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Witness Statement: Arash Sigarchi

44. I was imprisoned for two months before I was finally released on bail when my detention order was changed to order of release on bail. The first twenty days I was in solitary confinement, fifteen of which I was tortured. I was placed in a cell that was 1m x 1m, so there was no room to sit or sleep. It was winter in Rasht, which made my cell cold and humid. Day one, they beat me. Day two, a group of soldiers beat me some more. Day three, my interrogator, Mr. Samadi, arrived and when I complained he said that he had no authority at the prison. He said that a man named Alami was now in charge of my case file. Later I realized that Alami was in charge of the Rasht Prison’s Protection Office. In prison there are two units for supervision. One is an investigating unit that supervises everyone, like prisoners, social workers, and officials. The other is the prison protection unit that supervises everything including the work of the prison protection unit.

45. On the fifth day, they hung me from a fan. There was a pole attached to an engine on the ceiling that would propel me around the room. My arms were attached to another pole, as if I was on a cross. The two poles were connected. When the engine was turned on I literally became a human fan. On the sixth day, in the middle of the torture session, they told me that my mother was coming to visit. She came but it was a very short visit and I wasn’t allowed to talk. They threatened to torture me if I did. On the seventh day, they made me stand outside in the bitter cold for three hours. On the eighth day, they gave me a photocopy of Kayhan newspaper which read: “Arash S, who was collaborating with the CIA in the north of the country, is sentenced to one time execution.” On the ninth day, I was taken to a room where the floor was covered with feces. Around 3:00 or 4:00 a.m., they took me out to bathe and sent me back to my cell. I was there for 2-3 hours when they came in and bastinadoed the soles of my feet. On the tenth day, they took me to a room where there was a noose and a video camera. They told me that they would either execute me or film my confession. On the twelfth day, they pulled both of my big toe nails out. That same day, they imposed a form of torture that was literally called Jujih Kabab, or grilled chicken. They tied my wrist between my ankles and put a rod through it. Then they fastened my arms and legs to the rod and suspended me upside down.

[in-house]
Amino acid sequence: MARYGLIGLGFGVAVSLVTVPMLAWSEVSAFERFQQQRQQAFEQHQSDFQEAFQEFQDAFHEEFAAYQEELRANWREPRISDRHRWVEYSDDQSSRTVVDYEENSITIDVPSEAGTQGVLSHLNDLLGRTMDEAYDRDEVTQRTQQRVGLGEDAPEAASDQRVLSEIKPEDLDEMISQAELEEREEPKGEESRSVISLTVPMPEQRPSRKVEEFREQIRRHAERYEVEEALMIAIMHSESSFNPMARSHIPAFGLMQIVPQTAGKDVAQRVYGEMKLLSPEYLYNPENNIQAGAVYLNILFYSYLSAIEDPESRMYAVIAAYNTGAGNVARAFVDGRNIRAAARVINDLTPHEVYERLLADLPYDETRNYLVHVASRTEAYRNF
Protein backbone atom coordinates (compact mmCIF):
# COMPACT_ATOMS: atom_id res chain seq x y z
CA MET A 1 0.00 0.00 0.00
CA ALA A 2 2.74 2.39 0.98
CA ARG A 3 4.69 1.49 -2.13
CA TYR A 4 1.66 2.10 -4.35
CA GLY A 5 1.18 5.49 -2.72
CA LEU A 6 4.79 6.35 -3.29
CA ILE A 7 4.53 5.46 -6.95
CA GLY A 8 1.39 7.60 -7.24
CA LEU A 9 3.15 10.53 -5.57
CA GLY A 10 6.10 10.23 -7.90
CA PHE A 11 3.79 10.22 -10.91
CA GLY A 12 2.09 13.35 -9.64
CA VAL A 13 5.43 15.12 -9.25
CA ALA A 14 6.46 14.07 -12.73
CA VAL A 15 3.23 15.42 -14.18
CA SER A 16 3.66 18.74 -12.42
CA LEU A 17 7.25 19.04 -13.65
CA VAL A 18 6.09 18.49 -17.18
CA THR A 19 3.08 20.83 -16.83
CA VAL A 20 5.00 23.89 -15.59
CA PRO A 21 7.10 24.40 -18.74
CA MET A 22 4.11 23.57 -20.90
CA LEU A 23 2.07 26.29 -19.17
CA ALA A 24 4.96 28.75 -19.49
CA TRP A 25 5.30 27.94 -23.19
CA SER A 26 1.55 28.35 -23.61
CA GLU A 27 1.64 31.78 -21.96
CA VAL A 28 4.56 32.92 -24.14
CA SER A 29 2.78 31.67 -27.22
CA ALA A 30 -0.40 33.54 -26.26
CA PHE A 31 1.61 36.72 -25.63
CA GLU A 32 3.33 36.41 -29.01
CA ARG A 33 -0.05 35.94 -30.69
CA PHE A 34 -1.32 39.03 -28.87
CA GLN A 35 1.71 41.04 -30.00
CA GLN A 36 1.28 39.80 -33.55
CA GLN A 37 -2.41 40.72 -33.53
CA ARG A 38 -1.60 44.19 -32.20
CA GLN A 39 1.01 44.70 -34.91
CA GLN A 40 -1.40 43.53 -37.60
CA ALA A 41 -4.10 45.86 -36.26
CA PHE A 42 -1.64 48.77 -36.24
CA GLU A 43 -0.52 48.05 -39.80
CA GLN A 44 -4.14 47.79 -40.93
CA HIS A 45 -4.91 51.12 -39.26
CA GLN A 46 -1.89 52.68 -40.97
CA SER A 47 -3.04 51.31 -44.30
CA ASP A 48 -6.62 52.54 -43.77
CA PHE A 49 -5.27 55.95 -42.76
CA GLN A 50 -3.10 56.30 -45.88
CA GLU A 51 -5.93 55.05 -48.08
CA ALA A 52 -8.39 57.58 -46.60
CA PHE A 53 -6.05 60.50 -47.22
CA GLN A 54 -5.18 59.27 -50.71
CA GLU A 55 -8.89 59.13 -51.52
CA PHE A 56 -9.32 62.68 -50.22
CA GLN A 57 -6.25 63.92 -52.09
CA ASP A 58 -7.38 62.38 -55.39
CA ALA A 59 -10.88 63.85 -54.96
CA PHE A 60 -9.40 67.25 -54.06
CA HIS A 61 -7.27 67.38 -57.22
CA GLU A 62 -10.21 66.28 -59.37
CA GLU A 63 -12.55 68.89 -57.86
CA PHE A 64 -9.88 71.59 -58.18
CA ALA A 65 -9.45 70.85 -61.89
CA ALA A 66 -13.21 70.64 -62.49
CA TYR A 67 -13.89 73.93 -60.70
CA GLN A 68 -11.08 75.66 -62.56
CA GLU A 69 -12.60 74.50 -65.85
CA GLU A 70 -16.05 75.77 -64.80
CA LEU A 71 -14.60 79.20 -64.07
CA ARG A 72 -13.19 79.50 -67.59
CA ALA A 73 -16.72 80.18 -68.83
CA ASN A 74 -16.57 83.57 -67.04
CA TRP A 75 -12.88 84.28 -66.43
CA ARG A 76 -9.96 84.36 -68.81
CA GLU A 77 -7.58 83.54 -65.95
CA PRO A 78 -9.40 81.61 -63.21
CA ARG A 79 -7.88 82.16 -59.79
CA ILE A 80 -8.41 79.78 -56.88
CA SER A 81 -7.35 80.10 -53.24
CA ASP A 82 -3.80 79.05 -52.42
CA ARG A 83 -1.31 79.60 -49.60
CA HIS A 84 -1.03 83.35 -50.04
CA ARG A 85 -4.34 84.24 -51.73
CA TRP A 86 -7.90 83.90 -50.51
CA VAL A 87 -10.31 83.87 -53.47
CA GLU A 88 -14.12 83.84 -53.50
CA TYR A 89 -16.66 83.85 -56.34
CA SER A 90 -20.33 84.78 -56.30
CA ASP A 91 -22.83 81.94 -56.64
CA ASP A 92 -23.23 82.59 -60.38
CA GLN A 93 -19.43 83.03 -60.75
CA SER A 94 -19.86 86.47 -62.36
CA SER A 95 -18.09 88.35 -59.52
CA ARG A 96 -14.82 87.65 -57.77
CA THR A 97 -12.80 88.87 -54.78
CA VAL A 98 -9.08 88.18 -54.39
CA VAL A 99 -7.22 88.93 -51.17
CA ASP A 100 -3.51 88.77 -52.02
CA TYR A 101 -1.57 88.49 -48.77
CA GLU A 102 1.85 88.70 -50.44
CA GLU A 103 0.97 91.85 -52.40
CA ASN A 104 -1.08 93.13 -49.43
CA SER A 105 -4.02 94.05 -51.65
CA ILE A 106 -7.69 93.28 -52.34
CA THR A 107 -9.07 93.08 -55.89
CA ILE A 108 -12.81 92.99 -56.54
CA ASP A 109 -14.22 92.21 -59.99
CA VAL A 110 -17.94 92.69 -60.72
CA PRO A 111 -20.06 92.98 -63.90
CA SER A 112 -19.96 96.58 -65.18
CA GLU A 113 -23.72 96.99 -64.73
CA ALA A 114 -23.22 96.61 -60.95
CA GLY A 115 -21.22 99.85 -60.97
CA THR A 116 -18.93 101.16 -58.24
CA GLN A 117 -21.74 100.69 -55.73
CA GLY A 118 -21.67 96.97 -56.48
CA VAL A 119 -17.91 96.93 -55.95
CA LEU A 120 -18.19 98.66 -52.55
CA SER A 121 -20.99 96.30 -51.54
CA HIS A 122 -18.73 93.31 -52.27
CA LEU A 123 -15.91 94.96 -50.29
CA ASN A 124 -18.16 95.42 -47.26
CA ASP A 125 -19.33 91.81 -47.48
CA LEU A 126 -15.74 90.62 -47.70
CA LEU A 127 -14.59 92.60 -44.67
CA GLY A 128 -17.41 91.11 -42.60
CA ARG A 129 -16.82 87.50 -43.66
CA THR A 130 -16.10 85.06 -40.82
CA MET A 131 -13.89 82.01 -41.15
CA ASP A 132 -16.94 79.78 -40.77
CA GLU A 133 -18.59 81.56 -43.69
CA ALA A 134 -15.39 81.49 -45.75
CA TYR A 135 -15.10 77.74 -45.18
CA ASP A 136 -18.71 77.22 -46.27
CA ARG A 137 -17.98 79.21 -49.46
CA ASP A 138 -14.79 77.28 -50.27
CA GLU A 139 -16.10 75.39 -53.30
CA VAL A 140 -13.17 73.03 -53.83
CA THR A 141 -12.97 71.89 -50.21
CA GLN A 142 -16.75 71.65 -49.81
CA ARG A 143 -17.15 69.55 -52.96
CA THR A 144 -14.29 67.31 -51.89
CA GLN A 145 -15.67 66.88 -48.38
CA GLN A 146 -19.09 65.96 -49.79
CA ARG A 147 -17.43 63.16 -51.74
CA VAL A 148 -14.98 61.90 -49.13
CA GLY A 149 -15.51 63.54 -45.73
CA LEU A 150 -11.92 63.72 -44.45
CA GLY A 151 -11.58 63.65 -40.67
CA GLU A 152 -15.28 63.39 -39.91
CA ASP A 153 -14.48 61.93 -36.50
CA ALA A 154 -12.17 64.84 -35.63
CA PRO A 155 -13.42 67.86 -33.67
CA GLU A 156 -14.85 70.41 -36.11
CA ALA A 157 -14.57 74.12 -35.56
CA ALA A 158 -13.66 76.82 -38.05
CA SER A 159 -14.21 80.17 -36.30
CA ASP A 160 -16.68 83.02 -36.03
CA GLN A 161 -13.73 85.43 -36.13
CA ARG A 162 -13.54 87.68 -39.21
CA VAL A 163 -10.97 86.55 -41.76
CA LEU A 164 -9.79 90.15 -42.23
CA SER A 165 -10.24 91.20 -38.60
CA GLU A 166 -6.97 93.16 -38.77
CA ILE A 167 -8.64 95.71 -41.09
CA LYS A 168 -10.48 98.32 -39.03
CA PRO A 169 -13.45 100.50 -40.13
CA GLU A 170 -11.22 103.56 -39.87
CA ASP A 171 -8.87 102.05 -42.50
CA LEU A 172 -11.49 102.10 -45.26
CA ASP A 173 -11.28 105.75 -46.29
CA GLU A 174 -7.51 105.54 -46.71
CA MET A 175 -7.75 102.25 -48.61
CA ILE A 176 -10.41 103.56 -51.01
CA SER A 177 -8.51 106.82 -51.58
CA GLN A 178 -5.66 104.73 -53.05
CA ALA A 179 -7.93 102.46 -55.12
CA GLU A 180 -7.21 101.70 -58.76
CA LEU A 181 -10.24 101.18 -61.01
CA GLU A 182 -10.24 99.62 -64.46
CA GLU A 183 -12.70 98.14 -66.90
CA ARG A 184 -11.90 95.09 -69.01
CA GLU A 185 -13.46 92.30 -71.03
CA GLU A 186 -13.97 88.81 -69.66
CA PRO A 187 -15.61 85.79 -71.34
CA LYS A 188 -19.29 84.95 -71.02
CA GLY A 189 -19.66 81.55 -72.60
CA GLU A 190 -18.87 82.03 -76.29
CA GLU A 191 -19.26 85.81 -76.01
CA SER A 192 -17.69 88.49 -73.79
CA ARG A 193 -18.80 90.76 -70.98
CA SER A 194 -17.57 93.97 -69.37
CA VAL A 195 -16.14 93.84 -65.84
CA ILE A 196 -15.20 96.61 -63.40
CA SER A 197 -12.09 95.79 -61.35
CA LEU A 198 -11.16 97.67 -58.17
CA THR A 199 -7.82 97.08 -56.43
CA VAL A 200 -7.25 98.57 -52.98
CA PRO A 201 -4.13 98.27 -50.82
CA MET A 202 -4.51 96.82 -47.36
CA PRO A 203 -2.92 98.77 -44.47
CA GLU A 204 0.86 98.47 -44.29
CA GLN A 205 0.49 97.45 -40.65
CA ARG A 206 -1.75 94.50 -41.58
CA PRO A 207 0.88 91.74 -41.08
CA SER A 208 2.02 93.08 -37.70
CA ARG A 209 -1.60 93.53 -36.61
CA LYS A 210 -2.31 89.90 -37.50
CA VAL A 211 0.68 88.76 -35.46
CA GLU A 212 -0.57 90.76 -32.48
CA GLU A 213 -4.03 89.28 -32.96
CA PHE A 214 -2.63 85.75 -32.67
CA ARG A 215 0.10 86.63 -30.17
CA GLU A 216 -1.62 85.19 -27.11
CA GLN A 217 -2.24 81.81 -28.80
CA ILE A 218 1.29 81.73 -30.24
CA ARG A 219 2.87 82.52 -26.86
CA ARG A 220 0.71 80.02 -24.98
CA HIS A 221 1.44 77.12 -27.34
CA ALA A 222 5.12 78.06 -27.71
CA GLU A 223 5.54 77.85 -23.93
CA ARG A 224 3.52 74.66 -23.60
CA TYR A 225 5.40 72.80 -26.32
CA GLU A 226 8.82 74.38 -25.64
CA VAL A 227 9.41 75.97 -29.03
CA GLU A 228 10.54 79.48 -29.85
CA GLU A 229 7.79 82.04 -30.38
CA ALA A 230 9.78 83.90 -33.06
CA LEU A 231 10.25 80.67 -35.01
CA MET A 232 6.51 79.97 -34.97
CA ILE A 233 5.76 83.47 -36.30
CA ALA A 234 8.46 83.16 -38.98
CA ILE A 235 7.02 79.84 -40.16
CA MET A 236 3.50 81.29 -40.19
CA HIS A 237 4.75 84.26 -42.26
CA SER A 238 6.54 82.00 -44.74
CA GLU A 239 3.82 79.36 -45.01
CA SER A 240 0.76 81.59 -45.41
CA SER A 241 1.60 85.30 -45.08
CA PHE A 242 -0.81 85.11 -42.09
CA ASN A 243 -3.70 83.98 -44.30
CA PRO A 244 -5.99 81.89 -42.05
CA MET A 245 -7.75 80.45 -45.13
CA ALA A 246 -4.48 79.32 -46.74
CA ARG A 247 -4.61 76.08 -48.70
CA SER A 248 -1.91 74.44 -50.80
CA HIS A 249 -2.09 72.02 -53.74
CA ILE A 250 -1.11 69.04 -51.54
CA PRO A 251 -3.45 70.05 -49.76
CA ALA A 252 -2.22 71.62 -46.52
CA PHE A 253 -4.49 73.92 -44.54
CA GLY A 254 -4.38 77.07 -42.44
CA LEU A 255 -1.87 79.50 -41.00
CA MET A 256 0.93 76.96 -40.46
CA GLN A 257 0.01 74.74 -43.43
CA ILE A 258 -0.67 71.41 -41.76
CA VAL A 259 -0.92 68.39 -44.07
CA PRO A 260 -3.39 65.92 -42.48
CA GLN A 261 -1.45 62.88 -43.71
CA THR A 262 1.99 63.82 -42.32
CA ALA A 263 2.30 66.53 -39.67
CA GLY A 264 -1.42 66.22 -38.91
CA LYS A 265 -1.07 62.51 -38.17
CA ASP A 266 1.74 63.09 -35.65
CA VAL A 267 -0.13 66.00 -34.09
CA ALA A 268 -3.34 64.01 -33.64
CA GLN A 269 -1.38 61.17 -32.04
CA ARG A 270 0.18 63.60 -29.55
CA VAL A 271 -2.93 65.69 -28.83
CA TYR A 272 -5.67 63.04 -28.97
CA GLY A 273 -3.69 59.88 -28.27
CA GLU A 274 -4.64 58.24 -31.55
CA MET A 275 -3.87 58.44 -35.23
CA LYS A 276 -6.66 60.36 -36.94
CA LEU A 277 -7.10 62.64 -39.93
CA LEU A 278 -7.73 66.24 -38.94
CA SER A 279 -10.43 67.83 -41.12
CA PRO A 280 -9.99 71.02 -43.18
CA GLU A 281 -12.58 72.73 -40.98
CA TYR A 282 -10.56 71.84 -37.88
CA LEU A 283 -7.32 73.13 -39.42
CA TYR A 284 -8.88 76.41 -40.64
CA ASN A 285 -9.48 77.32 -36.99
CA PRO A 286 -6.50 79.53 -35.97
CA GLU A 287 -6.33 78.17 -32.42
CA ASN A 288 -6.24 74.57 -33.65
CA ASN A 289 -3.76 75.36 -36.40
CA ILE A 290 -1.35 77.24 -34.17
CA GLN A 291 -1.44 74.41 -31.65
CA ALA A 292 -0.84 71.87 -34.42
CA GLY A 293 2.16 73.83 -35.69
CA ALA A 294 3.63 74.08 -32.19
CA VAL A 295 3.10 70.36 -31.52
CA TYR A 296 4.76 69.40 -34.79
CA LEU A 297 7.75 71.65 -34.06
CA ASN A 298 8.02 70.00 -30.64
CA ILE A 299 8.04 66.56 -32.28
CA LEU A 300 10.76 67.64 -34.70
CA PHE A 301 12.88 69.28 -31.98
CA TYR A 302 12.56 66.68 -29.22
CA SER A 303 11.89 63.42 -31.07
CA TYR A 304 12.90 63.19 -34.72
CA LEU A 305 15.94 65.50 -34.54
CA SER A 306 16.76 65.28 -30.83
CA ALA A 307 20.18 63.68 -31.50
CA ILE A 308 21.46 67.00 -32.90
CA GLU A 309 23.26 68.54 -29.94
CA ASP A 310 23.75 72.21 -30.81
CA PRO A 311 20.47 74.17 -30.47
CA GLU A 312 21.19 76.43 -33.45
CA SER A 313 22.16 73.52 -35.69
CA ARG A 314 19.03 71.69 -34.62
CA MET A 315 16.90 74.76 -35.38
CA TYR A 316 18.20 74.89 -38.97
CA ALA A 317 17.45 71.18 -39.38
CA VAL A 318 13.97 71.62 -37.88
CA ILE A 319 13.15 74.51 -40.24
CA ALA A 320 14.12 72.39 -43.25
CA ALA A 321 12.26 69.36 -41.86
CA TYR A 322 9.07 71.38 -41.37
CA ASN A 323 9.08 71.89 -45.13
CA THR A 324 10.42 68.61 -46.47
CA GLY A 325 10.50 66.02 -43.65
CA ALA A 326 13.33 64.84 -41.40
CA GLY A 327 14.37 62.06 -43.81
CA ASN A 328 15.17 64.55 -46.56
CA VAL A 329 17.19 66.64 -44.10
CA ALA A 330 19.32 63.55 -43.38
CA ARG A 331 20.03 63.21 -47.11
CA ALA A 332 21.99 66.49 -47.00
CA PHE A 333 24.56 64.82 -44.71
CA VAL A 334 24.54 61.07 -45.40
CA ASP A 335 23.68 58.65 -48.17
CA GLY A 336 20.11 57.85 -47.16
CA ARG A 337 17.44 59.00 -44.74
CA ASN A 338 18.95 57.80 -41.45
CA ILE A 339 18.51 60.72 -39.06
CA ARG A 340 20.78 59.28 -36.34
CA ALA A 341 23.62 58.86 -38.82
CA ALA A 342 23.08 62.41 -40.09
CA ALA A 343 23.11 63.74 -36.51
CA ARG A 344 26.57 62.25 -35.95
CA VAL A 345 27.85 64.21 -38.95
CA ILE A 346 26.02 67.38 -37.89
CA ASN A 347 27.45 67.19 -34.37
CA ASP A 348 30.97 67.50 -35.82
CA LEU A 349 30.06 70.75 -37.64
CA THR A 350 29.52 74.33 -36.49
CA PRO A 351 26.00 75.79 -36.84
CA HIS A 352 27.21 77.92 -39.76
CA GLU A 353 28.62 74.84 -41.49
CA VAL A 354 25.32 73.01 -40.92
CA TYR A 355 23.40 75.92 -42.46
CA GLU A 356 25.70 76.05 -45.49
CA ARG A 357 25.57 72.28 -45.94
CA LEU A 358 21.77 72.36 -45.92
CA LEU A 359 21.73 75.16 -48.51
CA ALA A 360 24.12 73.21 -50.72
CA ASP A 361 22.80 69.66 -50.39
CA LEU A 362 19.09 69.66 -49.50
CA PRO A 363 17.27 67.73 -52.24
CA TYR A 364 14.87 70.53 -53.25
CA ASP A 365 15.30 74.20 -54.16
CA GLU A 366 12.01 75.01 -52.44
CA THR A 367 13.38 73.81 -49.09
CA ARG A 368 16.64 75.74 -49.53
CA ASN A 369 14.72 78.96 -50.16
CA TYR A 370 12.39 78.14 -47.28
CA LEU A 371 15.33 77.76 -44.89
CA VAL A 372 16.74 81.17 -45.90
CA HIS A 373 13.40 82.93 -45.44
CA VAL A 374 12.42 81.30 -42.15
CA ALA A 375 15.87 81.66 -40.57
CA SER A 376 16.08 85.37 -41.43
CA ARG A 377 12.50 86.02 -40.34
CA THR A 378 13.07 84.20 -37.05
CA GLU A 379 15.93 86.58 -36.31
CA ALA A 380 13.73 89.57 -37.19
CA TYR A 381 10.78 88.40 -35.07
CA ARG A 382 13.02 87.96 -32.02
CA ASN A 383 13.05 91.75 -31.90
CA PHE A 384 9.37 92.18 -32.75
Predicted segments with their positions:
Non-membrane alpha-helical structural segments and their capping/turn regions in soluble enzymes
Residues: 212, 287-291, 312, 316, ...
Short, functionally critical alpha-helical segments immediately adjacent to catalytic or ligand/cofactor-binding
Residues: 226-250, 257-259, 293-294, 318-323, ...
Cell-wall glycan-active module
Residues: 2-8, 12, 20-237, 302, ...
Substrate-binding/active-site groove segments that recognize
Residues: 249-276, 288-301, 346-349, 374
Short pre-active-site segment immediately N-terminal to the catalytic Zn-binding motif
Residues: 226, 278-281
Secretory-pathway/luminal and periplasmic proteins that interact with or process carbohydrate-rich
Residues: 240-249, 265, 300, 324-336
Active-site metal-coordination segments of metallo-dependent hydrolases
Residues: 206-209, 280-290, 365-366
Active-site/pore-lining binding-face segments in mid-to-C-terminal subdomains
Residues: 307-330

46. On the thirteenth or fifteenth day they took me to court and I found that my all my family and relations were there. My parents and brothers were in the judge’s chamber. The judge said, “Come here and sign this,” and gave me a piece of paper that listed ten to twelve crimes for which I was to be executed. I consented and wrote, “I have no objections.” This is what Aghajari had done as well. I was sure that they would not actually execute me. The judge read what I wrote and said, “you want to become a ‘hero’? I won’t allow it!” During the same time, the judge was talking to my father. I heard him tell my father that I am “a brave kid,” and that I would be pardoned. Then he told his secretary to tear up the paper I had just signed. In prison, they called this type of act a “horror verdict,” meaning that it was not the real verdict but one designed to disturb and intimidate the prisoner. My brother, Ashkan, came over and hugged me and placed a piece of paper in my hand that I placed in my mouth so the guards wouldn’t find it. When I returned to my cell and opened the paper, I found that my brother had printed out all the titles of articles that were written about me in very small font. It was around 12:00 or 1:00 p.m. in the afternoon when I read this.

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Tagged as:

Cyber Journalism, Secret Prisons, Imprisonment, Torture, Inhuman and Degrading Treatment, Punishment, Travel Restrictions